Ignore, for a moment, the pea soup. Forget the head swivel, the crucifix, those 75 stone steps that tumble from Prospect to M Street. Forget that demonic voice and what your mother may or may not be doing in Hell. The creator of the scariest movie of all time would like very much if you’d remember that he wrote the Peter Sellers caper “A Shot in the Dark,” that his early collaborator in Hollywood was the comedy director Blake Edwards, that an esteemed book critic once wrote that “Nobody can write funnier lines than William Peter Blatty.”
This career in punch lines was hurled out the window when Blatty started clacking away on his green IBM Selectric in a cabin near Lake Tahoe during the summer of 1969. For nine months, starting around 11 each night and working through darkness, the unemployed screenwriter wrote in seclusion about the demonic possession of a girl, the troubled priest from Georgetown University who is assigned to her case and the brooding brick Colonial on Prospect Street NW where the nightmare unfolds. Even as he typed out the vilest of passages, Blatty never thought his novel would frighten anyone, or that it would become and remain (adjusting for inflation) the top-grossing R-rated movie in history.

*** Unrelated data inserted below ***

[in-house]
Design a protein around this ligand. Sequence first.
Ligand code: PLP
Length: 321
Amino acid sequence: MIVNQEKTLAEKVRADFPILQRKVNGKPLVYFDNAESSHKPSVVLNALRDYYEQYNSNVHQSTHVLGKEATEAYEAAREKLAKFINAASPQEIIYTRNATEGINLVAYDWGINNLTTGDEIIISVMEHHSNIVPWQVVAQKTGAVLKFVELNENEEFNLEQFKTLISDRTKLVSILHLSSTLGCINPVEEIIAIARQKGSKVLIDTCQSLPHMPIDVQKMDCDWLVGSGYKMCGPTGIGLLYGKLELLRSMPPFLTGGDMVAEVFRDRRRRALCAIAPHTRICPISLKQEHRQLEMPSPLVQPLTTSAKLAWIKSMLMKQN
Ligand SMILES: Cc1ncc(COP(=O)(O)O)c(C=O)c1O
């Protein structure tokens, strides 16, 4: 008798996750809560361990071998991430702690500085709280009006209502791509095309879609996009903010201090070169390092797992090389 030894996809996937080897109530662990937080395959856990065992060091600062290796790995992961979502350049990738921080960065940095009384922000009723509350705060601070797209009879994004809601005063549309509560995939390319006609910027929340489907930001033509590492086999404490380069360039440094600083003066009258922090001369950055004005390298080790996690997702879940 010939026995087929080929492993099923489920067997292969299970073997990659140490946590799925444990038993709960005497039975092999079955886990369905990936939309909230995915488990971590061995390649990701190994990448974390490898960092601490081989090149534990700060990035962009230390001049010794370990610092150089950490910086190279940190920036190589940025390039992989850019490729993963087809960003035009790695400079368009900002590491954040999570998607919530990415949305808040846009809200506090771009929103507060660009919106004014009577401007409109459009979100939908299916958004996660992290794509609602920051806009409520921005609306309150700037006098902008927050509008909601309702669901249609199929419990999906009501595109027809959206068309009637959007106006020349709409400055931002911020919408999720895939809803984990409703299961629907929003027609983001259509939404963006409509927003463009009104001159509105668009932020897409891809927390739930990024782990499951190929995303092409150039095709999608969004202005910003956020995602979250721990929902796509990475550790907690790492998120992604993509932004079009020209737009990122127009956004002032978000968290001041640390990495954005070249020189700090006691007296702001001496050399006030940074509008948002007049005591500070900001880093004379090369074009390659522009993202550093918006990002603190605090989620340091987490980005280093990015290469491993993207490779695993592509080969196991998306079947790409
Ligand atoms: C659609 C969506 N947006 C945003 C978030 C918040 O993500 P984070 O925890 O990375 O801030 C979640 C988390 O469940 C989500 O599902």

The comic writer’s legacy is a horror film.
And now it has brought him to the corner booth in the lowest level of the Tombs for a meatball lunch, a short walk from the AMC Loews Georgetown, where “The Exorcist” begins a one-week engagement Thursday night in honor of its impending 40th anniversary.
“As I say, every Halloween I’m dragged out of my burrow like some demonic Punxsutawney Phil,” says Blatty, a hale and hearty 85. “And if I don’t see my shadow, the horror box office is gonna be great. Either that or I’m dead. Nobody has had the guts — or the kindness — to tell me which it is.”
William Peter Blatty is not dead.
William Peter Blatty will emerge from his burrow, the stately Bethesda home where he lives with his wife of 33 years, to watch the 7:30 p.m. showing on Halloween. Afterward he will submit to questions from audience members. Blatty will bear the cross of his mammoth success, which was fused long ago to the kitschy holiday by virtue of its terrifying imagery. Never mind, he says, that the story is more about the mystery and power of faith than the ultimate violation of a 12-year-old girl by evil forces.
“I can’t regret ‘The Exorcist,’ ” he says after a moment’s pause for his curtailed comedy career. “It’s done so much for me and for my family. And it’s given me a great deal of freedom to write what I want.”
Blatty mashes his meatballs.
Carves up the polenta.
Swirls them together with blood-red sauce.
The cuffs on his denim jacket are flipped. Underneath his navy T-shirt is a silver medal etched with the three crosses of Calvary, where Jesus was crucified in the Gospels. The medal belonged to his son Peter, who died seven years ago. One reason “The Exorcist” has endured, Blatty thinks, is because it shows that the grave does not mean oblivion. That there is something after death.